Keep on Smiling: Choosing a Toothbrush and Toothpaste for Your Child

Since February is National Dental Health Month, what better time to choose the right toothbrush and toothpaste for your child?

Consider these tips from the American Dental Association to help keep your child’s chompers healthy.

Picking a Toothbrush

Choose a brush with soft bristles. Medium or hard bristles can scrape the inside of your child’s mouth and damage delicate gum tissue with repeated use.

Make sure that the brush is the right size. A small brush, with three to four rows of bristles, will fit best in a kid’s mouth.

Look for a rounded head. Brushes with rectangular heads make it harder for kids to brush all surfaces of their teeth.

Get a grip. Choose a brush with a cushioned grip.

Buy a new toothbrush regularly. When the bristles look flat or worn down, it’s time for a new brush. Most experts recommend that toothbrushes be replaced every two to three months, but children’s brushes may need to be replaced more often.

Choosing a Toothpaste

In recent years, many toothpastes have come out that are designed for specific purposes. Most of them – especially gingivitis control, tartar control and whitening toothpastes – are made for adults, rather than children. So what guidelines can you follow to choose the best toothpaste for your son or daughter?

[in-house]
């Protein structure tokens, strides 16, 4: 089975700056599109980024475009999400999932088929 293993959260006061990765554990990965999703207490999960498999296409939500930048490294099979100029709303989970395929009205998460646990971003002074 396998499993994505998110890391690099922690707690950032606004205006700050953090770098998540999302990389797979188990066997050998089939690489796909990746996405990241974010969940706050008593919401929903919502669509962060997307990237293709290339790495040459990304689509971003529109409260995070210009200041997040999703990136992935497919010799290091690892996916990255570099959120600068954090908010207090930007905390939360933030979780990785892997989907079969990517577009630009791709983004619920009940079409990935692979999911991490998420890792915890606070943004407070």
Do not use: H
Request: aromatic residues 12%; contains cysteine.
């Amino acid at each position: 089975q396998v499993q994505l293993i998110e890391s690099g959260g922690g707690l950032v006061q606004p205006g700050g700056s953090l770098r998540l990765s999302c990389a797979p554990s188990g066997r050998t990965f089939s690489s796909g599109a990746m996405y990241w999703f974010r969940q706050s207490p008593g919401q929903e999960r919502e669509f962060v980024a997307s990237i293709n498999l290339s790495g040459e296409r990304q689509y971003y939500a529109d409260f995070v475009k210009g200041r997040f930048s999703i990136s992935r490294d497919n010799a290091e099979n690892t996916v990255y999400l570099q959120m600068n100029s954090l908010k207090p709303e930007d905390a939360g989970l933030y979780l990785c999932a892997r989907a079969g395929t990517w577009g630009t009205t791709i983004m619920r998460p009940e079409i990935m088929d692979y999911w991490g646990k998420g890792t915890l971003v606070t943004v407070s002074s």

Make sure it’s got fluoride. Everyone, not just children, benefits from fluoride, which strengthens teeth. Most toothpaste is about 0.1 percent to 0.6 percent fluoride. Children under 6 should use toothpaste with a lower amount of fluoride in case they inadvertently swallow a large amount.

Look for the ADA seal. This means that the American Dental Association has tested and approved the product for safety and effectiveness.

Trust your child’s taste. A child only needs to use a pea-sized amount of toothpaste to clean his or her mouth; buying a paste that he or she likes makes that small amount palatable.

For more information, check out the American Dental Association website.

Read more about your child's dental health:


  • Everything You Need to Know About Braces

  • How to Prevent Baby Bottle Tooth Decay

  • Easing Dental Fear

  • Secondhand Smoke Causes Cavities in Kids

    Elizabeth A. Allen